Belle & Sebastian – How To Solve Our Human Problems (4 stars)

Belle & Sebastian – How To Solve Our Human Problems

B&S make life sweet again on this EP compilation

Three years ago, Girls in Peacetime Want to Dance heralded a seemingly fresh slate for the Belle & Sebastian boys and girl. Largely sidestepping the jangly lo-fi indie textures that made their name in the mid to late 90s, Murdoch and co had moved into seriously poppy territory which owed more to Pet Shop Boys than Tigermilk.

With the three EPs comprising How to Solve Our Human Problems, the band are touching base on their gloriously minimalist past as well as the slickly produced tune-heavy current state they are in. Opening track 'Sweet Dew Lee' starts off sounding like their homage to Prefab Sprout's Steve McQueen album before launching into an 80s synth instrumental break which suggests they've been mainlining both seasons of Stranger Things at once. It's perhaps the number which best captures this mighty jousting between past and present, with both periods coming up smelling of something akin to roses.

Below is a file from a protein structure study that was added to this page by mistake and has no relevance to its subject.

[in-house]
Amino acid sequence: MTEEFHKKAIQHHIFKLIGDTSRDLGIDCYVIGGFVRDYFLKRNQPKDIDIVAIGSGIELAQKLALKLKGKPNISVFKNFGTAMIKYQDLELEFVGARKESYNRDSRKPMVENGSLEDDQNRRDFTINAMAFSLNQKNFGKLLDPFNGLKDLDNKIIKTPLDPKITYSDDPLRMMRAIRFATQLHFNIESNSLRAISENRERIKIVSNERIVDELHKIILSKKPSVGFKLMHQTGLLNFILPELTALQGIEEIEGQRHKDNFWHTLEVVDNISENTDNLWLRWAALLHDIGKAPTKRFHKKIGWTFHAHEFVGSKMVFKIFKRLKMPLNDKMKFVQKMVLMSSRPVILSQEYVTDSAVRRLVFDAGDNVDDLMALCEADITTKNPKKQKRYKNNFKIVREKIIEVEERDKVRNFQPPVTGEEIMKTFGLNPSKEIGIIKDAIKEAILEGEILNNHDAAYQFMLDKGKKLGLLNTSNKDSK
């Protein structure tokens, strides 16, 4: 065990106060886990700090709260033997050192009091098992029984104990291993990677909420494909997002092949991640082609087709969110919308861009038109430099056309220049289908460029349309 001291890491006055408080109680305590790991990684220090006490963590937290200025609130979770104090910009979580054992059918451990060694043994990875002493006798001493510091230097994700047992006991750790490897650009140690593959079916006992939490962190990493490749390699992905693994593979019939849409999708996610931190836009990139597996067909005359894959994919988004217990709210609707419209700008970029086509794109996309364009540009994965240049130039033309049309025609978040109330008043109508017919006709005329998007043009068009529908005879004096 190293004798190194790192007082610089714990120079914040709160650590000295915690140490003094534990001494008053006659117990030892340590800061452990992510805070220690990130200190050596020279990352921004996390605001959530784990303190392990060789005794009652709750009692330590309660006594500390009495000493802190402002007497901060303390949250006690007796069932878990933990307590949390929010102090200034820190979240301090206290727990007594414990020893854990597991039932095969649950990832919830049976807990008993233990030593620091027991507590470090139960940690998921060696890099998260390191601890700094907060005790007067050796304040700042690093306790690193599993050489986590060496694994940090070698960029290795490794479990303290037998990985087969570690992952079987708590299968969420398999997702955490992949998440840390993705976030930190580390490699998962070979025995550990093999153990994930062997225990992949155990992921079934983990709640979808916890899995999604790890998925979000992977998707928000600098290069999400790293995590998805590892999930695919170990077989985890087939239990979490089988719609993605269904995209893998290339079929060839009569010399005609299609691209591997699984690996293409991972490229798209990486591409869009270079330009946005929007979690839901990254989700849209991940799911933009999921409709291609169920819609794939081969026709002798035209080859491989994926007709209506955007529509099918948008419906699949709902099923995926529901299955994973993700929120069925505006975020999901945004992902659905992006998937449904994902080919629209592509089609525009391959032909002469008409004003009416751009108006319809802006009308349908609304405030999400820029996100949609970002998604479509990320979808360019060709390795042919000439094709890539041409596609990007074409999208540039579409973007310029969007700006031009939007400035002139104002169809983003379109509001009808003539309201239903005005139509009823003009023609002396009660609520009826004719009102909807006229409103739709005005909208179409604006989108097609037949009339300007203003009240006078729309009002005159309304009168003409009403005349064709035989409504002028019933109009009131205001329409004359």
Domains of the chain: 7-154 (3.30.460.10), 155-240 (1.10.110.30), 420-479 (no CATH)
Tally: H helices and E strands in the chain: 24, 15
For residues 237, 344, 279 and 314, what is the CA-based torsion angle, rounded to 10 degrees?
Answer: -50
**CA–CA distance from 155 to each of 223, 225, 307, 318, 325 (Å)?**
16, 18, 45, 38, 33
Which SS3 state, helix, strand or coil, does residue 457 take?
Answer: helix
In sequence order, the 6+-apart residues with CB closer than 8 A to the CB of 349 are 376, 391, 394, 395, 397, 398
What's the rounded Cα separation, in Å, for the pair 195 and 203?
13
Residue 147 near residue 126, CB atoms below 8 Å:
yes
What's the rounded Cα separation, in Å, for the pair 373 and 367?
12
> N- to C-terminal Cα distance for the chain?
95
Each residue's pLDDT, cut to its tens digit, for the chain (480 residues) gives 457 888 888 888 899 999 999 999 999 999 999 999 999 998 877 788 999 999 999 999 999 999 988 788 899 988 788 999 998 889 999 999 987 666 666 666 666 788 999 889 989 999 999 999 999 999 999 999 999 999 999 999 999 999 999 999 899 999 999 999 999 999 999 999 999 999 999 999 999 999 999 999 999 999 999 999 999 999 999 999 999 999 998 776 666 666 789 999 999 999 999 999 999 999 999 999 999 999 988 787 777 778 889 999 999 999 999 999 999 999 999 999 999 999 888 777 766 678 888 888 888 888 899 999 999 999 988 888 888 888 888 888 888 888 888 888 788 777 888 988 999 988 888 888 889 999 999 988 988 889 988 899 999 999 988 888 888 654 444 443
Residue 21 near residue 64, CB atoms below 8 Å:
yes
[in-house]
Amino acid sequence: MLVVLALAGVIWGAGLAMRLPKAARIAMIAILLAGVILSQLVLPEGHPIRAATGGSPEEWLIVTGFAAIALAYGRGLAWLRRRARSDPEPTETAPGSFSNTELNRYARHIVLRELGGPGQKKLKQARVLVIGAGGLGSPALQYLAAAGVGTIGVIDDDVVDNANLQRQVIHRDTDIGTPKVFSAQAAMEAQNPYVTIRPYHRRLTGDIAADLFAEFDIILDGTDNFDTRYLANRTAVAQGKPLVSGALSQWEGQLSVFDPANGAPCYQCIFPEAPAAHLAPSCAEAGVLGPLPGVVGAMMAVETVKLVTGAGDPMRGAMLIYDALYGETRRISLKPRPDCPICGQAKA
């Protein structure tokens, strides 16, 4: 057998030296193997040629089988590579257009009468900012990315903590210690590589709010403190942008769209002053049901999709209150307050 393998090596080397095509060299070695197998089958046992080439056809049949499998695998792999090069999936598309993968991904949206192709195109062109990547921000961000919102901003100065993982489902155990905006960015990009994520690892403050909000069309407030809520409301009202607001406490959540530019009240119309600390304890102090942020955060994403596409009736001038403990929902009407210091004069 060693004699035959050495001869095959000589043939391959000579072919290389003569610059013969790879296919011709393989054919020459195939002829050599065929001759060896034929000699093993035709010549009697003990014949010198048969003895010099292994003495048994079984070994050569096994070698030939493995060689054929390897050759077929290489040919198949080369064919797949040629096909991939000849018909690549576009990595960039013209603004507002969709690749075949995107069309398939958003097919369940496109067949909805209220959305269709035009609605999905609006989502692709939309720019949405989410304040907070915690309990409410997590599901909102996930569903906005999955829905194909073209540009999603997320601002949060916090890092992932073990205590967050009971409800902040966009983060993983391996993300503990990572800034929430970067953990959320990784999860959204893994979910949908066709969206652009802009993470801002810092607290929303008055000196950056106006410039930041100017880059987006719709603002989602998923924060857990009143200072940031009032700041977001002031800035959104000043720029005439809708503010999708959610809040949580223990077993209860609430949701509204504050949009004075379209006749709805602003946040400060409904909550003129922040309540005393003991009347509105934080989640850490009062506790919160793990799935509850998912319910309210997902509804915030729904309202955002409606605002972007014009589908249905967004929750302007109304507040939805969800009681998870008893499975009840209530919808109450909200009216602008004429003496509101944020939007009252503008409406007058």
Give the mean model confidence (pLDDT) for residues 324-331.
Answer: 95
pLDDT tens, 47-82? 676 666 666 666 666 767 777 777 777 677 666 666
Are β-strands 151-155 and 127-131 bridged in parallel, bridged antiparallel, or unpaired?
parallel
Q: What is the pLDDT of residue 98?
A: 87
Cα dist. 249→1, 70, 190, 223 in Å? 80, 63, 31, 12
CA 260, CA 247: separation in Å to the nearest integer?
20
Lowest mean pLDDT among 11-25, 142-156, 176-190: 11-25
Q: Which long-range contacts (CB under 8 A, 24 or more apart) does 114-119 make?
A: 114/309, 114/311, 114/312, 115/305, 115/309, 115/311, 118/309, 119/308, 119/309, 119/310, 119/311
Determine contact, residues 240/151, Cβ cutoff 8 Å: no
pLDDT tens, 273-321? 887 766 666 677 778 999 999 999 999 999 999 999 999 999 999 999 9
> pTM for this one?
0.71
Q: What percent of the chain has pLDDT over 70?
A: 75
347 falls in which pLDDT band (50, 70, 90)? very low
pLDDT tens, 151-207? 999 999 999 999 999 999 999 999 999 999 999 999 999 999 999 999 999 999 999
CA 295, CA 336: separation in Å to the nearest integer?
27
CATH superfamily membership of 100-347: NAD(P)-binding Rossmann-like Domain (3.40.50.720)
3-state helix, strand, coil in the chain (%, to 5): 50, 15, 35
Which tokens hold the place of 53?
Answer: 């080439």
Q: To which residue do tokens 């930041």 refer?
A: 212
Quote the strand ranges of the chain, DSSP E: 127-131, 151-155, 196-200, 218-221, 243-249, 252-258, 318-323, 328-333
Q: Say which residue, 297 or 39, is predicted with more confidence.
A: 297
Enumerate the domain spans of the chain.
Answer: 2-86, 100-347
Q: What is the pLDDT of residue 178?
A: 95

Elbowing their way between the lo-fi and hi-energy is a surprisingly quasi-psychedelic sheen on tracks such as 'Everything Is Now Part Two' and 'Cornflakes'. On the downside, 'The Girl Doesn't Get It' is just too sprightly to love while closer 'Best Friend' could have landed on a Glasvegas album, and 'Same Star' sheds an almost Motown-infused skin, but knows exactly where to draw the line before teetering into parody.

For longstanding B&S watchers, a trio of EPs may make them pine for the 'Dog on Wheels', 'Lazy Line Painter Jane' and '3..6..9 Seconds of Light' triptych that first brought them to the attention of indie lovers in Glasgow before trampolining them to higher acclaim. While with this threesome, they might not have produced all the solutions to our current global malaise, but for the best part of an hour, Belle & Sebastian have certainly made life sweet again.

Out on Fri 16 Feb on Matador Records.

Belle & Sebastian

Scotland's much loved purveyors of jangling indie magic.

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